Bryony Phipps-Wardle is a designer, maker and researcher working in knit. Phipps-Wardle graduated the Royal College of Art in 2019; her developed methodology centres around the traceability of materials and responsible design and making. Traditional knit techniques are re-interpreted using a combination of hand and machine processes to create knitwear for a unisex market. Her practice has a strong material narrative and is interested in lesser told stories. @pw.bryony
Charlotte Cranidge holds a BA in Painting, and practises in printmaking. As a regular partner with the CW+ Arts for All programme, she facilitates artistic workshops at West Middlesex University Hospital. These sessions aim to celebrate creativity and support the wellbeing and recovery of older adult patients. Beyond her role with CW+, Cranidge has worked with Boston Manor House, Dulwich Picture Gallery and Orleans House Gallery.
Caragh Thuring was born in Brussels, Belgium, in 1972, but grew up in UK and has lived and worked in London and Scotland since graduating Nottingham Trent University in 1995. Thuring has exhibited internationally and in many solo and group shows. Recent solo exhibitions include: Luisa Strina Gallery, São Paulo, 2019/20; Corbett vs Dempsey, Chicago 2019; Thomas Dane Gallery, London 2016/17 and Chisenhale Gallery, London, 2014/15.
Born in Grenada in 1956, Denzil Forrester moved to London in 1967. Forrester’s works immortalise the dynamic energy of the London reggae and dub nightclub scene during the early 1980s. The artist’s expressive depictions of dance halls, clubs and of carnival, capture the energy and rhythm of crowds. Flashes of vivid colour, gestural brushstrokes and frenetic compositions characterise his work. Forrester’s works have been exhibited internationally at venues including The Studio Museum in Harlem, New York; Tate Britain, London; Ashmolean Museum, Oxford, among many others.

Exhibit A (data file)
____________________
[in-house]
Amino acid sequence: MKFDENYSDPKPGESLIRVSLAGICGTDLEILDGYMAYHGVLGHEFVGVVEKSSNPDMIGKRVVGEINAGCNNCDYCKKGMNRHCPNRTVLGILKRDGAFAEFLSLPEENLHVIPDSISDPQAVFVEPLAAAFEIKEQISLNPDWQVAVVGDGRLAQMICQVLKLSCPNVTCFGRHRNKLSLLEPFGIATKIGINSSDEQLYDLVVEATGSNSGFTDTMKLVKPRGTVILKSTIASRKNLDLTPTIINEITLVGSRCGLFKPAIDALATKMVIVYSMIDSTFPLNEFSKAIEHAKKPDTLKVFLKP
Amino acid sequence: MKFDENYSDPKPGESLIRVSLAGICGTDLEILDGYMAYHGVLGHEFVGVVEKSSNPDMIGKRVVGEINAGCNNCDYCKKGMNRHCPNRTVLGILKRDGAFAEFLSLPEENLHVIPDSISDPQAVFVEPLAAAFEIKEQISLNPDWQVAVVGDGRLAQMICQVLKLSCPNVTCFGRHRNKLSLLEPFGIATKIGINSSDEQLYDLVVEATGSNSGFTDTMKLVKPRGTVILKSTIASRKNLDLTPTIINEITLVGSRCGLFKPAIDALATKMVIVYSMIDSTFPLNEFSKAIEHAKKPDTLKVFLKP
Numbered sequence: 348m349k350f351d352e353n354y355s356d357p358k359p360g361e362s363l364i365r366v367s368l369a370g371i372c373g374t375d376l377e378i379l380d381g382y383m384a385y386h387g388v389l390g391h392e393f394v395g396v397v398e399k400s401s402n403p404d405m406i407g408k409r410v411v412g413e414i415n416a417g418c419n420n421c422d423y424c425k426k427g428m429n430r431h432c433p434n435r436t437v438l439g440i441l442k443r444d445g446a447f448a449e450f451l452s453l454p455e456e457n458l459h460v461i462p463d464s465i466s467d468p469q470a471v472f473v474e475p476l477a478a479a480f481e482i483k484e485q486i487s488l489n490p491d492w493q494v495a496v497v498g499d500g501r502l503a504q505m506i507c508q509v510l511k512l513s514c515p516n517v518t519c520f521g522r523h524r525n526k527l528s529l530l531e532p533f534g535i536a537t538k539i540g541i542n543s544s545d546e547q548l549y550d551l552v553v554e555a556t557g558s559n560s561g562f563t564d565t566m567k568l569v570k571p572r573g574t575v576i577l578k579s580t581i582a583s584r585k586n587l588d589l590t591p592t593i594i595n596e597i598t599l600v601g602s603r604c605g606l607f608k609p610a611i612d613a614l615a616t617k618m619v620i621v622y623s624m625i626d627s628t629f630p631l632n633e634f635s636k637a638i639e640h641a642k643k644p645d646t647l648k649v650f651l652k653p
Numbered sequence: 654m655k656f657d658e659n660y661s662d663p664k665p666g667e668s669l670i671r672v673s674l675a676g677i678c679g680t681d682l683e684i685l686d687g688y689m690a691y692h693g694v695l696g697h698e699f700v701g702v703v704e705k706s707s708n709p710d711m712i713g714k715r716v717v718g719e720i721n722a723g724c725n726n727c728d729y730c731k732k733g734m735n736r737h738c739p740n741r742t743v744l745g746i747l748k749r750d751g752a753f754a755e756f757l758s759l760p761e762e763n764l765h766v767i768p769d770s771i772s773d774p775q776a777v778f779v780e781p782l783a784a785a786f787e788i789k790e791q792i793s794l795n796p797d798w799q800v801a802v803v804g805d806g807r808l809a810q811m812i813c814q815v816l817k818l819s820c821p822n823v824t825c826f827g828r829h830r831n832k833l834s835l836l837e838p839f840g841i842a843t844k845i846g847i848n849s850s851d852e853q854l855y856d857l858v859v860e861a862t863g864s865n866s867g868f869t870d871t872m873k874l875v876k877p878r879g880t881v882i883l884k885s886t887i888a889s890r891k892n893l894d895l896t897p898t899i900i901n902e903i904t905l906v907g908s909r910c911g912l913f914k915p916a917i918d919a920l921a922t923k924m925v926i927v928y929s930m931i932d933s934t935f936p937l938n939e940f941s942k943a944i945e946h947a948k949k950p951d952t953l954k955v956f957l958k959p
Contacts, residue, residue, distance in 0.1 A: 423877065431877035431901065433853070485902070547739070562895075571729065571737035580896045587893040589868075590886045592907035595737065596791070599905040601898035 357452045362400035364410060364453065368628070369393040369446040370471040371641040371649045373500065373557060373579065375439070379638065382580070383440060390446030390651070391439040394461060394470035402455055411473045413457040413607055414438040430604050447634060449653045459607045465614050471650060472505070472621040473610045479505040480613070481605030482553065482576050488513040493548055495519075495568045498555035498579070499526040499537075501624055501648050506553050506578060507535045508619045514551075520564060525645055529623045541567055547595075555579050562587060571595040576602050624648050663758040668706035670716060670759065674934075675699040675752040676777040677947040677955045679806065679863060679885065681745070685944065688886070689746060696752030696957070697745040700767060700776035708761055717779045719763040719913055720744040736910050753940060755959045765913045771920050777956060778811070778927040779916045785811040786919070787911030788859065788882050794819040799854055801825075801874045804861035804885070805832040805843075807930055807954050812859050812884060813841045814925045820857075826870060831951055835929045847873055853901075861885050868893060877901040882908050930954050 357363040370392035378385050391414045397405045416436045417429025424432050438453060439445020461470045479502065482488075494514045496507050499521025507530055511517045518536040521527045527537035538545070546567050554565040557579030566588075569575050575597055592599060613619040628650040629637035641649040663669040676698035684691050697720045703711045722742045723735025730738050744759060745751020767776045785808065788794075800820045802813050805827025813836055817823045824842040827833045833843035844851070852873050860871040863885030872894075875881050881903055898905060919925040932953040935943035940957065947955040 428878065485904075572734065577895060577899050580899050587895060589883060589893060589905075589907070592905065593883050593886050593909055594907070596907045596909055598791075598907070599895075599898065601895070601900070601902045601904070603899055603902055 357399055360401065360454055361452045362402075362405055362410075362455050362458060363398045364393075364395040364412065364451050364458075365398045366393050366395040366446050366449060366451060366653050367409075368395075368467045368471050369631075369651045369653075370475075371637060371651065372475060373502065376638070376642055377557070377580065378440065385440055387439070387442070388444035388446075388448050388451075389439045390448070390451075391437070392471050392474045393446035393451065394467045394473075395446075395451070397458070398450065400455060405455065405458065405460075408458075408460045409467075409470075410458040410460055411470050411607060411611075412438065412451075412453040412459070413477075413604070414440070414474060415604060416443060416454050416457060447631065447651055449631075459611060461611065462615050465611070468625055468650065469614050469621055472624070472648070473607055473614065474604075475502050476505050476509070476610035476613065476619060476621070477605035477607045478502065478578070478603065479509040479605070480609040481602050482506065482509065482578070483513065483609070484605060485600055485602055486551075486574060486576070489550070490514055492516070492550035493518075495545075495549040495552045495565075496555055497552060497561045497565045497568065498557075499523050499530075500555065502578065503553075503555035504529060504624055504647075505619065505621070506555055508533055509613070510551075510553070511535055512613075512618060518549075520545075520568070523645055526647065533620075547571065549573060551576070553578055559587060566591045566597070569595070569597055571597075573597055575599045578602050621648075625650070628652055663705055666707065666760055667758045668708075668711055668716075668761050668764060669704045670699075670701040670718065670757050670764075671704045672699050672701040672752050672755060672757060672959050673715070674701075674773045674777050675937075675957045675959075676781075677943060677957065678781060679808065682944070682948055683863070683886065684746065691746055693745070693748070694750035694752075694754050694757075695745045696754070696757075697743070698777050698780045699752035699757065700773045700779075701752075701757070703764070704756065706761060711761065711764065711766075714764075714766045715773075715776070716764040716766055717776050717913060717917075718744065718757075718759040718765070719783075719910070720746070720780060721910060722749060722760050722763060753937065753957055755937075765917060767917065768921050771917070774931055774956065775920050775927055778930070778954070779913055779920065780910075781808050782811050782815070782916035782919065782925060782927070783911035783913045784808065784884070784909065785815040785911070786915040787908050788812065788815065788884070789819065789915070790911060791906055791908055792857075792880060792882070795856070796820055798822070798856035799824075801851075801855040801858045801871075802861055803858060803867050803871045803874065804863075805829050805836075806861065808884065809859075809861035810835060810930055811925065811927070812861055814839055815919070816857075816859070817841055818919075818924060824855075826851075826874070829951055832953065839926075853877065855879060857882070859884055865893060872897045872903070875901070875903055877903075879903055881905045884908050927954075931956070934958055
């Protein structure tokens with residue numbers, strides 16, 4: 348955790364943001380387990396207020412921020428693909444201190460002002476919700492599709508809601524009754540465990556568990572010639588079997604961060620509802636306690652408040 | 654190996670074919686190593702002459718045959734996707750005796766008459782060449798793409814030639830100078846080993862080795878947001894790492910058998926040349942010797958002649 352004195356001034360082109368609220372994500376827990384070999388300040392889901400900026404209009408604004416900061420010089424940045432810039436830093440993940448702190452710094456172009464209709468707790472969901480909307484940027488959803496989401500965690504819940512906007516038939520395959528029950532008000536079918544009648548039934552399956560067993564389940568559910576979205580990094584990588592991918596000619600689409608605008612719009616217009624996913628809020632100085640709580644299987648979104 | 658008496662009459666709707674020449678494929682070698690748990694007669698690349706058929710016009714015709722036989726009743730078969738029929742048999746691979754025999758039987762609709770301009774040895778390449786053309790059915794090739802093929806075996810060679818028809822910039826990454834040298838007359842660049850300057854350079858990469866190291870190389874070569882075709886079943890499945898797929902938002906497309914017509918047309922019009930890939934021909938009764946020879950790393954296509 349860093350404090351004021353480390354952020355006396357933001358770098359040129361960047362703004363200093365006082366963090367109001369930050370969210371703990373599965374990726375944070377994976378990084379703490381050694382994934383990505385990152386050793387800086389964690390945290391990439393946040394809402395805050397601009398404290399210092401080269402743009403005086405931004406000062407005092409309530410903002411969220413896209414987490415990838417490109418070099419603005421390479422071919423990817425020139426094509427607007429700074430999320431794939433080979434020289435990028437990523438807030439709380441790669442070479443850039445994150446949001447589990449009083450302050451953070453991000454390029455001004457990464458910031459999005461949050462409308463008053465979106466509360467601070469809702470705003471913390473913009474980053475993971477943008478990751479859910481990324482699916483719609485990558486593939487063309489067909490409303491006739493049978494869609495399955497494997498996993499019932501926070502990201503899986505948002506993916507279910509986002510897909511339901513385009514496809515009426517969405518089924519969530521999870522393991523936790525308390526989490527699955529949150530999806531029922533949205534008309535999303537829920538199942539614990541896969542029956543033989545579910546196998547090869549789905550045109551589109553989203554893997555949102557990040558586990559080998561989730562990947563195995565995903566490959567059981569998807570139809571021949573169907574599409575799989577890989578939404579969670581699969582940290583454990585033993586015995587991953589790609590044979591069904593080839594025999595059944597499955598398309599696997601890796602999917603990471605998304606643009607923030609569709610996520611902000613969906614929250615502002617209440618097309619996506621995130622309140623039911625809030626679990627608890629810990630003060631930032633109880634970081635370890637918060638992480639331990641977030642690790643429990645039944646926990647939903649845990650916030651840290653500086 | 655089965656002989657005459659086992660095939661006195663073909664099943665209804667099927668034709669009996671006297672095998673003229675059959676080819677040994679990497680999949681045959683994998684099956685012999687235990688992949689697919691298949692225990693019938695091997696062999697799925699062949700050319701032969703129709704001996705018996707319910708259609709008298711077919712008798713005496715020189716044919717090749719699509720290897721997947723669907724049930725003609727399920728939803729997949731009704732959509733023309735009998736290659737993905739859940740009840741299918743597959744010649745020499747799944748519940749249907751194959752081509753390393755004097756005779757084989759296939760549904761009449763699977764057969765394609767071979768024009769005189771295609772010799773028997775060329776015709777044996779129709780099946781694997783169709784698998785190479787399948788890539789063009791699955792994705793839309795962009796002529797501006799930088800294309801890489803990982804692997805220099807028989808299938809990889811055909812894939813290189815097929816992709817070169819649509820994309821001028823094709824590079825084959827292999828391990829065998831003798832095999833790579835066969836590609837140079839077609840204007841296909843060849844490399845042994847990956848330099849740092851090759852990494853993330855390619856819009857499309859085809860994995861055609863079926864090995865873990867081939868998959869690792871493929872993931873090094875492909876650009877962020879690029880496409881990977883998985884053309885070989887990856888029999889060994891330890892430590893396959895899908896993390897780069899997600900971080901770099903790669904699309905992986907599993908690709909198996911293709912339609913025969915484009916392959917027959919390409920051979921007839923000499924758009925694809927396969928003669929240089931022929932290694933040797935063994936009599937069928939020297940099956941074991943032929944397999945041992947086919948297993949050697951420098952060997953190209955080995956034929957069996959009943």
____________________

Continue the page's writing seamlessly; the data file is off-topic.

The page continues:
Michael Landy (b. 1963) lives and works in London. Landy studied at Goldsmiths in the late 1980s, and exhibited at the historic Freeze exhibition at London’s docklands in 1988. In many of his earliest works, Landy presented a satirical view on the political and social climate of Britain. A concern with the attribution of value and ownership remain central to his practice, which spans large-scale and sometimes temporal and interactive works, to intricately detailed works on paper. Landy’s works are held in public institutions internationally, including the Tate Collection, London; the Museum of Modern Art, New York; and the Centre Pompidou, Paris.
Rob Lowe (also known as Supermundane) is an artist living and working in London. His work employs Emotional Geometry and Melancholic Humanism along with humour and poetry. He has been published and exhibited worldwide with permanent installations in Leeds train station and Great Ormond Street. He is the author of Lines Are Human, a book looking at how we define our space in the world through line.
Victoria Delphine Moore is a surface pattern designer and illustrator, selling printed fabric to leading retailers across the high street, including Zara, Topshop, and Urban Outfitters. Most recently, she has been focusing on illustration practices and has been working on commissions for card designs. These designs range from illustrative florals to architectural landmarks and have been utilising calligraphy as an enhancing accompaniment.